Theater Review - Mothers and Sons (NY)

Terrence McNally is a four-time Tony award winner; his many plays are works of art. However, his latest Broadway play,  “Mothers and Sons,” is a grave disappointment. Ninety minutes without intermission, it is well-meaning, but bitter and didactic.

 

Tyne Daly is one those actresses who could stand on stage reciting the alphabet and it would be stirring.  She stars as Katherine Gerard, a wealthy woman—we know that because of the gorgeous mink coat decorated with a large brooch she is wearing (Costumes-Jess Goldstein) when the first scene opens in a comfortable upper west side NY apartment (Set-John Lee Beatty/Lighting- Jeff Croiter). It seems this recently widowed woman is on the way to Rome for Christmas and has, after many years,  dropped in without warning to see her son, André's, former lover, Cal. Katherine is very uptight in the beginning and angry on every front. She admits early on that she is not amused by anything. We find out that she moved from Rye, NY to Texas, when she married her rich husband, and hates the state and its people. In fact, she has no friends and no family.   

 

Cal, a part Frederick Weller imbues with sincerity, nursed André, an actor, with great care through his death from AIDS. After André died twenty years ago, Cal waited eight years and married the much younger Will, playfully portrayed by Bobby Seggert.  Together they have fathered a son, Bud. As this six year old, blond Grayson Taylor is adorable looking, but his voice is so high-pitched, only dogs could hear it.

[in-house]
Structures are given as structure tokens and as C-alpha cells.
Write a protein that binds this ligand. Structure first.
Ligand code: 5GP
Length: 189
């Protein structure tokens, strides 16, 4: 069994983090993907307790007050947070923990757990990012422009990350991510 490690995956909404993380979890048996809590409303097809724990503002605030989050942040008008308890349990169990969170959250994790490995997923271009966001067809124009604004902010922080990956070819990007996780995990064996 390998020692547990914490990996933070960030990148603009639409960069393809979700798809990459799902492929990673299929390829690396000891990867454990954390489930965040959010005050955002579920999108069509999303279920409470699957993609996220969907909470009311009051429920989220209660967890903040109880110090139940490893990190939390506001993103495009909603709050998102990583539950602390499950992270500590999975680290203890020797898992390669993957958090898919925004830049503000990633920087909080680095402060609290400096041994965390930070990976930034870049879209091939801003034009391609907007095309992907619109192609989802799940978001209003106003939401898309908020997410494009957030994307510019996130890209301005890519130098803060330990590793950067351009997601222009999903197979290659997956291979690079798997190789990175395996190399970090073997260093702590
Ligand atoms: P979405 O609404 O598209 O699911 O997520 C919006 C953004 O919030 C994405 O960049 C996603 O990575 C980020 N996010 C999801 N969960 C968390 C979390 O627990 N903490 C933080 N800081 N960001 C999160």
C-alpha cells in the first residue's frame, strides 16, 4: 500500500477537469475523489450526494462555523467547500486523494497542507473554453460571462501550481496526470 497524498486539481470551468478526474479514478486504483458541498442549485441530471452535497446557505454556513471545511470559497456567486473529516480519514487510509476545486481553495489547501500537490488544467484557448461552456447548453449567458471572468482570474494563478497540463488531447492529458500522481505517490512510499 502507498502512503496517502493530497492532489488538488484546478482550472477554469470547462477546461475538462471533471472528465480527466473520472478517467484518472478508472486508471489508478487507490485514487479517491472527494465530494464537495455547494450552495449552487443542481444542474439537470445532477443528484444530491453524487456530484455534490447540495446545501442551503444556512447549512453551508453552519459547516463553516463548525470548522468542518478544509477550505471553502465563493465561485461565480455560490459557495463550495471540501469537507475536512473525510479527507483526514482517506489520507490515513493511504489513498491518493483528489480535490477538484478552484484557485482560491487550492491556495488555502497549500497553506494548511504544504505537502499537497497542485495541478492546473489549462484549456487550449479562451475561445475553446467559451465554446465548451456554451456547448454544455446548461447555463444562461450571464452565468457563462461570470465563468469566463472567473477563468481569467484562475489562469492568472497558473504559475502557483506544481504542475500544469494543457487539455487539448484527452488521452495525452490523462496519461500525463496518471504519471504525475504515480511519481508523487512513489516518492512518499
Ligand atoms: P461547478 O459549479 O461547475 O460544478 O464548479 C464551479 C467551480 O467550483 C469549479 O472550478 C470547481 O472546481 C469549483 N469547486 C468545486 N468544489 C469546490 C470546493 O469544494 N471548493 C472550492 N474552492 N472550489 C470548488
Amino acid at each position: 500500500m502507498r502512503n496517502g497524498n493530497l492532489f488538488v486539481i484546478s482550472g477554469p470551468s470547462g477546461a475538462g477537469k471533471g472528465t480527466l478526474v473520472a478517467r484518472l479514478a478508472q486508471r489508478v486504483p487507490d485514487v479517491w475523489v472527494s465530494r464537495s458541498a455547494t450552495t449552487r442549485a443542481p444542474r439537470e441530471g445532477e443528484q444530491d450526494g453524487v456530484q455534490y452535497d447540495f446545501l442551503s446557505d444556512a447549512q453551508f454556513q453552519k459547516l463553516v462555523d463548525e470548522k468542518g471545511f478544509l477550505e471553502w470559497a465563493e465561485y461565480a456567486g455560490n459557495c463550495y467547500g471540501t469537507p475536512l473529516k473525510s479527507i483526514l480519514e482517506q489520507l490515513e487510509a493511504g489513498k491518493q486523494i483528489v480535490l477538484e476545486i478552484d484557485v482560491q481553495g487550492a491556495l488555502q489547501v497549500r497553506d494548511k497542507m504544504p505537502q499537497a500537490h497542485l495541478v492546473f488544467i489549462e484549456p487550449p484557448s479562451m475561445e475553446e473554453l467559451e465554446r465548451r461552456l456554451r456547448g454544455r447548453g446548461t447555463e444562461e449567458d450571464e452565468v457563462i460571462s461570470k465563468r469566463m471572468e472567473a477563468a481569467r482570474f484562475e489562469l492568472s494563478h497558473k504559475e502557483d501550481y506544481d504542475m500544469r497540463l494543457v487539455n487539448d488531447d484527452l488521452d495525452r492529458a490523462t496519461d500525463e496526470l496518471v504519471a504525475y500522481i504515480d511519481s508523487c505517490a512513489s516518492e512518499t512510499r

This is supposed to be an exploration of feelings on three sides. Katherine is still furious because her son was gay. She wants to blame Cal or someone for this.  Cal does not want to be held responsible for André’s behavior and for the fact that he is married now and is living a fulfilling life.  Will feels he is constantly being compared to André, whose image is embodied in a bright red poster of him as Hamlet.

 

Although Tyne Daly gives a clear and intelligent performance, it is difficult to believe that Katherine would still be this miserable after all these years and yet would be won over by a child offering an Oreo cookie. Sheryl Kallers does the best she can with directing this one note work.  Now that that the playwright has gotten these issues off his chest, perhaps he can return to writing a new wonderful piece.  

         

“Mothers and Sons” on Broadway at the Golden Theatre. 

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